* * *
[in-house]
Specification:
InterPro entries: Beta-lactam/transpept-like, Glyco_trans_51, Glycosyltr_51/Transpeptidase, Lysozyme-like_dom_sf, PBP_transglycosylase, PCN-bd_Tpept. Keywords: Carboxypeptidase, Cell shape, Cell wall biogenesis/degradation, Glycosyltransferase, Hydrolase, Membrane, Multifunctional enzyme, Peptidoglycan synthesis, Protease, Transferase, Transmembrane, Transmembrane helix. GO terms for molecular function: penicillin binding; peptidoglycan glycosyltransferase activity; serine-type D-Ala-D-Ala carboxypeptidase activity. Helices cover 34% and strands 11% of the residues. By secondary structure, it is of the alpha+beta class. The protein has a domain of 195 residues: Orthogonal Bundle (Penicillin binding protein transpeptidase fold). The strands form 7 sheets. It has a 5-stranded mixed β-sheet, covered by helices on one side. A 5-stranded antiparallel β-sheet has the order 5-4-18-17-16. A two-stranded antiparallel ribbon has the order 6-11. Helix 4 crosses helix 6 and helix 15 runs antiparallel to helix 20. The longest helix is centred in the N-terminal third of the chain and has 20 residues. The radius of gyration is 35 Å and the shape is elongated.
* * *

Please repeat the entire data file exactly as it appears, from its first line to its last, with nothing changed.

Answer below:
[in-house]
Specification:
InterPro entries: Beta-lactam/transpept-like, Glyco_trans_51, Glycosyltr_51/Transpeptidase, Lysozyme-like_dom_sf, PBP_transglycosylase, PCN-bd_Tpept. Keywords: Carboxypeptidase, Cell shape, Cell wall biogenesis/degradation, Glycosyltransferase, Hydrolase, Membrane, Multifunctional enzyme, Peptidoglycan synthesis, Protease, Transferase, Transmembrane, Transmembrane helix. GO terms for molecular function: penicillin binding; peptidoglycan glycosyltransferase activity; serine-type D-Ala-D-Ala carboxypeptidase activity. Helices cover 34% and strands 11% of the residues. By secondary structure, it is of the alpha+beta class. The protein has a domain of 195 residues: Orthogonal Bundle (Penicillin binding protein transpeptidase fold). The strands form 7 sheets. It has a 5-stranded mixed β-sheet, covered by helices on one side. A 5-stranded antiparallel β-sheet has the order 5-4-18-17-16. A two-stranded antiparallel ribbon has the order 6-11. Helix 4 crosses helix 6 and helix 15 runs antiparallel to helix 20. The longest helix is centred in the N-terminal third of the chain and has 20 residues. The radius of gyration is 35 Å and the shape is elongated.